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Petty landlord's attempt to evict tenants for doing their laundry leads to new state law: 'If only everyone would use it'

"We need this."

Paragon attempted to evict tenants over laundry habits

Photo Credit: iStock

In 2015, a property management company called Paragon Real Estate Group tried to evict two dozen tenants from a single-room occupancy hotel in San Francisco for hanging laundry outside the building, Grist reported. The same year, AB 1448 passed, protecting the right of all Californians to hang their laundry outdoors, no matter what any landlord or HOA says.

Prior to 2015, California already had laws explicitly protecting the "right to dry," according to Grist. However, that right didn't extend to tenants in multi-family buildings and trailer parks, as well as anyone living in an HOA. In those cases, the management had the power to forbid hanging up clothes, which is exactly what Paragon did.

Tenants continued drying their laundry outside windows and on fire escapes, as they'd always done before Paragon bought the building in 2013, Grist reported. So the company started handing out eviction notices. The tenants responded with a protest, waving T-shirts that said, "Hanging laundry is not a crime."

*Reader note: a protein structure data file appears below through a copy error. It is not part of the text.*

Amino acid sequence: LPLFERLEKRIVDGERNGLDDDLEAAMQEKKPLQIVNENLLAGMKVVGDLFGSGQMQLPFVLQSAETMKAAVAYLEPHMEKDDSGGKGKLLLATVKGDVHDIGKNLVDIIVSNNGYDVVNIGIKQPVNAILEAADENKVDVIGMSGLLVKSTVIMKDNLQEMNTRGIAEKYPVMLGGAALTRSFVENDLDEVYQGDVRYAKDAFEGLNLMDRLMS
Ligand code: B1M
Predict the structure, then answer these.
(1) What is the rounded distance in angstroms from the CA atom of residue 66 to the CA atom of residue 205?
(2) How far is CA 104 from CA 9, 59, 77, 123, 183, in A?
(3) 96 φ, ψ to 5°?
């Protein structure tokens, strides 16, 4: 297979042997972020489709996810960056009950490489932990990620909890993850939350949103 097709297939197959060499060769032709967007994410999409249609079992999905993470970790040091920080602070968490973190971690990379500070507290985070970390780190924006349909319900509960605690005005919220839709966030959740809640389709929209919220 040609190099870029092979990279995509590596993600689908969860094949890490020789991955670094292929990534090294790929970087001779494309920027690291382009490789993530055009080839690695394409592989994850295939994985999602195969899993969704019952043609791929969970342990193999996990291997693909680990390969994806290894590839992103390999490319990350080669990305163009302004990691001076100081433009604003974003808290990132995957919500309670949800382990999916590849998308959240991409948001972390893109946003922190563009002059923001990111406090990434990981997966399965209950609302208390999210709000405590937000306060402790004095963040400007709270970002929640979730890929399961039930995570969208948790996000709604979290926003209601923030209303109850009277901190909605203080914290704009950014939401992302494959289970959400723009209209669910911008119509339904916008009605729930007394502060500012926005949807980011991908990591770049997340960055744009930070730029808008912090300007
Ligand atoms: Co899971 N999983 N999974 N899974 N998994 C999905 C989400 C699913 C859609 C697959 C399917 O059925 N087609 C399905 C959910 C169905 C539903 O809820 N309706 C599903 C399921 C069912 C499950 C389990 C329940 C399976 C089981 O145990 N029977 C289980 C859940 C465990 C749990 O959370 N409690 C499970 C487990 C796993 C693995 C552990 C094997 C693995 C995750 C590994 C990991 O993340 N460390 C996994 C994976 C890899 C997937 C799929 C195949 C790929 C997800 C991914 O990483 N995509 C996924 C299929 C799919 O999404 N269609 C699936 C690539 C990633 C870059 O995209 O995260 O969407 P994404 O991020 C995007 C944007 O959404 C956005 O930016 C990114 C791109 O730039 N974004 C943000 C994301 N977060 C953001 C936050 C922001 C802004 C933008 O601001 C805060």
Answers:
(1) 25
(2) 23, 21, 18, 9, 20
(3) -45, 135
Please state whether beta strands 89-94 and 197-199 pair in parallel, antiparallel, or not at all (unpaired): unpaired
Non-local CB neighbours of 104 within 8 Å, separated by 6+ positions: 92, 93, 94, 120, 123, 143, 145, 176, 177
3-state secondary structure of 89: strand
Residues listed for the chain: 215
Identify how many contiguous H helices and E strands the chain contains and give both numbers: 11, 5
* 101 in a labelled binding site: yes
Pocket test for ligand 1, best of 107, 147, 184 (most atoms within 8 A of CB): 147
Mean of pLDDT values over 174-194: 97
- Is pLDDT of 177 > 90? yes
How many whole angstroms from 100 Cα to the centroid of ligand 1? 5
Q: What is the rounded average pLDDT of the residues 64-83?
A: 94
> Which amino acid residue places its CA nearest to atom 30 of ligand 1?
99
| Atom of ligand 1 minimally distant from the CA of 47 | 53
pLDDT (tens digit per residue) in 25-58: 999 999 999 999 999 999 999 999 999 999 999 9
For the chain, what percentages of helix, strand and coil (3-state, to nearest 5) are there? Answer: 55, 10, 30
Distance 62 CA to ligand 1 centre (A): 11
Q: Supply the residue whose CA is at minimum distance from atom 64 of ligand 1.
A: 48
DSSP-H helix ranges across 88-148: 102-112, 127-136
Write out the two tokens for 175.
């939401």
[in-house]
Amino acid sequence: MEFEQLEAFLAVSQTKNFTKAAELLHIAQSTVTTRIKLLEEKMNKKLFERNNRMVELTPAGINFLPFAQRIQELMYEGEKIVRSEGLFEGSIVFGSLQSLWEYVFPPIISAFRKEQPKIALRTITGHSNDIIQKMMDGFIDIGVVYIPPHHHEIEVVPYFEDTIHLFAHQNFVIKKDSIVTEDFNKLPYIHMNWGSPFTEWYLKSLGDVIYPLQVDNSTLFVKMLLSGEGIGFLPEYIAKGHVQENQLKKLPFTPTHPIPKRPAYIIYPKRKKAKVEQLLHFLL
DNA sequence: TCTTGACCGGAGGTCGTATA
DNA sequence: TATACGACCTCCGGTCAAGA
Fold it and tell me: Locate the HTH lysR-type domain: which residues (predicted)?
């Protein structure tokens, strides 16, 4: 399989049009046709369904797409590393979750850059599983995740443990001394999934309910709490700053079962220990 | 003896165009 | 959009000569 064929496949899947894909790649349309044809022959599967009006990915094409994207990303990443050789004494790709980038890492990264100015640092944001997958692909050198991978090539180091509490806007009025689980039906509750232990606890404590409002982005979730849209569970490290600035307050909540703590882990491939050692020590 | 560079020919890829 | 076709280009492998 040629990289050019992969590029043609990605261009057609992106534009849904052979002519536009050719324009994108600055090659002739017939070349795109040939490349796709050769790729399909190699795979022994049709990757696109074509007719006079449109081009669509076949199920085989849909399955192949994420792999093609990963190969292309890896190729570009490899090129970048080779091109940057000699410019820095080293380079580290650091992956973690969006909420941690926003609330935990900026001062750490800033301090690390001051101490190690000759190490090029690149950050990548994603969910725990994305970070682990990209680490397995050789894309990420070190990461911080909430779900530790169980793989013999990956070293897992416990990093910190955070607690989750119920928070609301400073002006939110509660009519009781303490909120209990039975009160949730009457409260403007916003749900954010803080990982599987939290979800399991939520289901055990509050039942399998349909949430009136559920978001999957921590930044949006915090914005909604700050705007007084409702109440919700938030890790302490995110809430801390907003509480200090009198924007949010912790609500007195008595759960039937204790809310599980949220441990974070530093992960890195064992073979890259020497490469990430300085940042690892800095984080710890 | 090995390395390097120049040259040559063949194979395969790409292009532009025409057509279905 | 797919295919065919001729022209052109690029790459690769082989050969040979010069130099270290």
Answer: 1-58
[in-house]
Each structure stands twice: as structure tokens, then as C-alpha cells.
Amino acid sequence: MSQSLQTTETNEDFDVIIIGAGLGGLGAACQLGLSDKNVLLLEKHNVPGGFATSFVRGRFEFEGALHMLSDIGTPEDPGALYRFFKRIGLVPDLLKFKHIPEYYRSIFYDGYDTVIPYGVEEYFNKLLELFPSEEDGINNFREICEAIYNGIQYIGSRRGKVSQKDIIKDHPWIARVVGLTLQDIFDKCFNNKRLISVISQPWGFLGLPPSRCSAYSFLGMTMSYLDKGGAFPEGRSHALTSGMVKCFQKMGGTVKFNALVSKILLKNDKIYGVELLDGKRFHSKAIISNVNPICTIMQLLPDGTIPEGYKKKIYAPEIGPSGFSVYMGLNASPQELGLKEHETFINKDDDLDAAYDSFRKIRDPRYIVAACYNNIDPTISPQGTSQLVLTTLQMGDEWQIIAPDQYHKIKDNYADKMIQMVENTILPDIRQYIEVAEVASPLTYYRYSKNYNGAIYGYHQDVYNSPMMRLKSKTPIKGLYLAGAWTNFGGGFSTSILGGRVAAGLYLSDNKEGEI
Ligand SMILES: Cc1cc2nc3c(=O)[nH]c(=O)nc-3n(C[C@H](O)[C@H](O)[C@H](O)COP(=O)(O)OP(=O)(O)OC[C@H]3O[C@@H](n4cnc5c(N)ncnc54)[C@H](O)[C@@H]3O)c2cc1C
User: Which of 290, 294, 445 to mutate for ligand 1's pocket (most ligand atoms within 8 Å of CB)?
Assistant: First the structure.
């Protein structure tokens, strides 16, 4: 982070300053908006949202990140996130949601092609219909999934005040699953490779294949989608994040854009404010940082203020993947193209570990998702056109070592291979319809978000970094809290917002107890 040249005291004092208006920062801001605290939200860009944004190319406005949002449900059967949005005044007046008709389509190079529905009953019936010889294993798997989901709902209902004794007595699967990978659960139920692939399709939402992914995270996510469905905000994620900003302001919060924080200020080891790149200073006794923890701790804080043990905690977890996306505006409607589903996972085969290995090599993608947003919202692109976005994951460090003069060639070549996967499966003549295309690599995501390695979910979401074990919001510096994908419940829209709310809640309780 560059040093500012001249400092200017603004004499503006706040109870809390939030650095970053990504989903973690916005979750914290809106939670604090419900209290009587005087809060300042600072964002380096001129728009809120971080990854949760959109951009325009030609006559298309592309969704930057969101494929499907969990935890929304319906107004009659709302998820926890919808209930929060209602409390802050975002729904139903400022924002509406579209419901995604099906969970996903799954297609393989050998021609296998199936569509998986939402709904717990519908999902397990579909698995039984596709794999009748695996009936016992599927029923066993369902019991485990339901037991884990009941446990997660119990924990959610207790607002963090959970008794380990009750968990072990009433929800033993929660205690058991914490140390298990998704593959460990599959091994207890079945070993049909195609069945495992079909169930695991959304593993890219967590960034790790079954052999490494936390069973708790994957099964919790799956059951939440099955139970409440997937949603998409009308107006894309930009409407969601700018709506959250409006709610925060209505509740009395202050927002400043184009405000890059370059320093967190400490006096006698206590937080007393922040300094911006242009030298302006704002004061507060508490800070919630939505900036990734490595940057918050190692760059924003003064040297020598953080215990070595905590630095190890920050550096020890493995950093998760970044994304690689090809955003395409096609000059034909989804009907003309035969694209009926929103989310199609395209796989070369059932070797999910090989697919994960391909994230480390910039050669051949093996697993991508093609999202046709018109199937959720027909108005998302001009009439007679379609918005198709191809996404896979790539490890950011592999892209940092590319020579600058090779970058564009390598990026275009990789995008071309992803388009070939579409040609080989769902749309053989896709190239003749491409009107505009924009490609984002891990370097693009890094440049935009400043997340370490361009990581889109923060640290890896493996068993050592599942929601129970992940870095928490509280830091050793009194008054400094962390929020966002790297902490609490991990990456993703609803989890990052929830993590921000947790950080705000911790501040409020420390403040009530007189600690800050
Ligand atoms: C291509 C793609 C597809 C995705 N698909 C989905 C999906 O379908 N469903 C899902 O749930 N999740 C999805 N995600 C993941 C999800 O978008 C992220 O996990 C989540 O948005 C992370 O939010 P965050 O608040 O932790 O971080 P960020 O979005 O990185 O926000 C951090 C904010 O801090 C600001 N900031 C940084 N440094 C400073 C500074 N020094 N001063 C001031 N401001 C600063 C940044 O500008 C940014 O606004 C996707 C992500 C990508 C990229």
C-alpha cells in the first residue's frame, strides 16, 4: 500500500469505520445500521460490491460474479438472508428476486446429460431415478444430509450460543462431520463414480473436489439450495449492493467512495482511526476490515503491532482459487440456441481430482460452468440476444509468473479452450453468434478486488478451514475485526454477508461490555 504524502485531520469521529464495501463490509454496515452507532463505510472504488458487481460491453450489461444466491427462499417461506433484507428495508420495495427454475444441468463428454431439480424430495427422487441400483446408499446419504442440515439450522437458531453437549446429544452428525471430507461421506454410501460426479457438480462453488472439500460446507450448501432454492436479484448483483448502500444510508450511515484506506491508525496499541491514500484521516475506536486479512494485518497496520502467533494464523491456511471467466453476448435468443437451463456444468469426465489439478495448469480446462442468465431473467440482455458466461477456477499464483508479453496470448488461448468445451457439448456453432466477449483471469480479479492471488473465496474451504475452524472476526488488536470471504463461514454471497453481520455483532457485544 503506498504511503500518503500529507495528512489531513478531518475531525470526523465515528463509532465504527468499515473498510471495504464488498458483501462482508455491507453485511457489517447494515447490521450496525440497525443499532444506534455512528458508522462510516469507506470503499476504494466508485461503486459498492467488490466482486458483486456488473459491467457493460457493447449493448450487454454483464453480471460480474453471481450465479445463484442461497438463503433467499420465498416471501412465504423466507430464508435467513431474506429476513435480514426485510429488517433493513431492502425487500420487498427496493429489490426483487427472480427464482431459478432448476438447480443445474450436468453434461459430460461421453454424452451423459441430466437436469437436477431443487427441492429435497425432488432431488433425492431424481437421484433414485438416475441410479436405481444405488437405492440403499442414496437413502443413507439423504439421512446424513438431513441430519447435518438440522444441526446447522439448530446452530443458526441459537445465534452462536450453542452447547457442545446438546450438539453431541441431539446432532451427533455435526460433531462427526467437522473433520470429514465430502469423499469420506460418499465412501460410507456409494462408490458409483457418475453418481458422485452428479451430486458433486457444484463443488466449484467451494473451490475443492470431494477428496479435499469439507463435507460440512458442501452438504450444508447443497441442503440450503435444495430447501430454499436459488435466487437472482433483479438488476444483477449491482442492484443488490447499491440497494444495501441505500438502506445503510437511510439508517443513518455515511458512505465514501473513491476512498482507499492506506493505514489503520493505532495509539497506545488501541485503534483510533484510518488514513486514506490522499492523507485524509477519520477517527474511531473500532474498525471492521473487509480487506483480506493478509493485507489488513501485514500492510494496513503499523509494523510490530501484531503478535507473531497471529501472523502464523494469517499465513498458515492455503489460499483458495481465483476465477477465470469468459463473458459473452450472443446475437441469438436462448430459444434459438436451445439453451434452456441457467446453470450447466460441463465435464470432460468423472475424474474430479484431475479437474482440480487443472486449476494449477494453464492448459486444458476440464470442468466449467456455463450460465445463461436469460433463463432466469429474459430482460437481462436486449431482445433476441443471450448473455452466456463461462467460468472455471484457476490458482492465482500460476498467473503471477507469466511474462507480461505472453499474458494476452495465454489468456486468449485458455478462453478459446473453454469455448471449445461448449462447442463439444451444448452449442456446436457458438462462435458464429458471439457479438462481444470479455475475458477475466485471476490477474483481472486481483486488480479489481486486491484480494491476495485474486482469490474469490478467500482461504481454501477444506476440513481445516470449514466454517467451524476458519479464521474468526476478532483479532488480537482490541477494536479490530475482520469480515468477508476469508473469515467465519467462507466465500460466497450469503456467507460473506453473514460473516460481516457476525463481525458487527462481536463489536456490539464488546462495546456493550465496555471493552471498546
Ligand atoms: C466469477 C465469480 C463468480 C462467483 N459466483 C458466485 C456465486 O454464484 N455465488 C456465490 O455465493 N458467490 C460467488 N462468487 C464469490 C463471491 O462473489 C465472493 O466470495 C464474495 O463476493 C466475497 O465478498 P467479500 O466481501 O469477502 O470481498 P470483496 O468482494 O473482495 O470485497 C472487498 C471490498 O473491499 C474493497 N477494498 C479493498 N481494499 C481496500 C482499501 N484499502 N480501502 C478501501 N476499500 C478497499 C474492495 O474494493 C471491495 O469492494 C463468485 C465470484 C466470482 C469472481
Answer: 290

At the same time, Grist reported that Laura Shafer had spent the last several years pushing for an update to state law to protect the right to dry clothing outdoors for all residents. With her help, Patty López, a member of the California State Assembly, introduced AB 1448.

Existing laws in Vermont and New Hampshire protected all solar devices, including solar panels, water heaters, and clotheslines, Grist explained. AB 1448 made California's laundry laws similar and now applies to all residents of the state, including renters and those living in HOAs, so long as they meet certain requirements, such as not interfering with "reasonable rules," safety, and maintenance. 

The move aimed to save residents a lot of money, as California's sunny climate provides plenty of free energy for drying clothes and powering solar panels. Meanwhile, cutting down on electricity use from other sources helps reduce pollution.

According to the California Legislature, the bill passed in October 2015 and took effect in 2016.

"It's getting hotter and drier in California. We need this," Shafer told Grist. "The clothesline is such a lovely little appliance. If only everyone would use it."

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